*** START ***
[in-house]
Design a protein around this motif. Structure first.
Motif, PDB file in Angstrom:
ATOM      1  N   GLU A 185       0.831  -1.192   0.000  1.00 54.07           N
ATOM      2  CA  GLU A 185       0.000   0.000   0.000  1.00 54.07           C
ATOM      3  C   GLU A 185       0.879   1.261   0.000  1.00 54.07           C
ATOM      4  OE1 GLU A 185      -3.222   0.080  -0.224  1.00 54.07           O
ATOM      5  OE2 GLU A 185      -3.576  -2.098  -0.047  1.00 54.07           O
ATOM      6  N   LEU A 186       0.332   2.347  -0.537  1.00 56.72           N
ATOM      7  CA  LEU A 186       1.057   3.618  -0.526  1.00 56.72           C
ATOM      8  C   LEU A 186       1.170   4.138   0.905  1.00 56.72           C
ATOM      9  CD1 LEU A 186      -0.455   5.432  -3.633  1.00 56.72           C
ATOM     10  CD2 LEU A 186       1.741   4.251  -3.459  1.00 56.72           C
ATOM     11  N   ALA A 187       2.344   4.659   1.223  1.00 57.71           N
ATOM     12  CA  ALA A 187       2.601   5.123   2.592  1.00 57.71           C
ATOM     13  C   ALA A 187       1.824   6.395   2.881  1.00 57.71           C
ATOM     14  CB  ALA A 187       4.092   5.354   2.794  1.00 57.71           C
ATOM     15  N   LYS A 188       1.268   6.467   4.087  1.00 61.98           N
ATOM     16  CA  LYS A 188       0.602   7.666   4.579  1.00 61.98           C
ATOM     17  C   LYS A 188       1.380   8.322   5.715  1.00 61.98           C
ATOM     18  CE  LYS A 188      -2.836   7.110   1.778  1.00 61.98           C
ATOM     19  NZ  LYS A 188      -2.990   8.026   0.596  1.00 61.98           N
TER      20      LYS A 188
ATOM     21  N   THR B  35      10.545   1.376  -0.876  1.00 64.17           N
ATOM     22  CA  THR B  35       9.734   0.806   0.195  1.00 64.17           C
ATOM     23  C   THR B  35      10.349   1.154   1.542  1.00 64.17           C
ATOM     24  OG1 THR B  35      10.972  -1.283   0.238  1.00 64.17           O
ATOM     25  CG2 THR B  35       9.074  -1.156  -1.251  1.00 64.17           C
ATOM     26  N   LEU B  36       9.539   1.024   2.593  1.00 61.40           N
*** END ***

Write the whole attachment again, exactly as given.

[in-house]
Design a protein around this motif. Structure first.
Motif, PDB file in Angstrom:
ATOM      1  N   GLU A 185       0.831  -1.192   0.000  1.00 54.07           N
ATOM      2  CA  GLU A 185       0.000   0.000   0.000  1.00 54.07           C
ATOM      3  C   GLU A 185       0.879   1.261   0.000  1.00 54.07           C
ATOM      4  OE1 GLU A 185      -3.222   0.080  -0.224  1.00 54.07           O
ATOM      5  OE2 GLU A 185      -3.576  -2.098  -0.047  1.00 54.07           O
ATOM      6  N   LEU A 186       0.332   2.347  -0.537  1.00 56.72           N
ATOM      7  CA  LEU A 186       1.057   3.618  -0.526  1.00 56.72           C
ATOM      8  C   LEU A 186       1.170   4.138   0.905  1.00 56.72           C
ATOM      9  CD1 LEU A 186      -0.455   5.432  -3.633  1.00 56.72           C
ATOM     10  CD2 LEU A 186       1.741   4.251  -3.459  1.00 56.72           C
ATOM     11  N   ALA A 187       2.344   4.659   1.223  1.00 57.71           N
ATOM     12  CA  ALA A 187       2.601   5.123   2.592  1.00 57.71           C
ATOM     13  C   ALA A 187       1.824   6.395   2.881  1.00 57.71           C
ATOM     14  CB  ALA A 187       4.092   5.354   2.794  1.00 57.71           C
ATOM     15  N   LYS A 188       1.268   6.467   4.087  1.00 61.98           N
ATOM     16  CA  LYS A 188       0.602   7.666   4.579  1.00 61.98           C
ATOM     17  C   LYS A 188       1.380   8.322   5.715  1.00 61.98           C
ATOM     18  CE  LYS A 188      -2.836   7.110   1.778  1.00 61.98           C
ATOM     19  NZ  LYS A 188      -2.990   8.026   0.596  1.00 61.98           N
TER      20      LYS A 188
ATOM     21  N   THR B  35      10.545   1.376  -0.876  1.00 64.17           N
ATOM     22  CA  THR B  35       9.734   0.806   0.195  1.00 64.17           C
ATOM     23  C   THR B  35      10.349   1.154   1.542  1.00 64.17           C
ATOM     24  OG1 THR B  35      10.972  -1.283   0.238  1.00 64.17           O
ATOM     25  CG2 THR B  35       9.074  -1.156  -1.251  1.00 64.17           C
ATOM     26  N   LEU B  36       9.539   1.024   2.593  1.00 61.40           N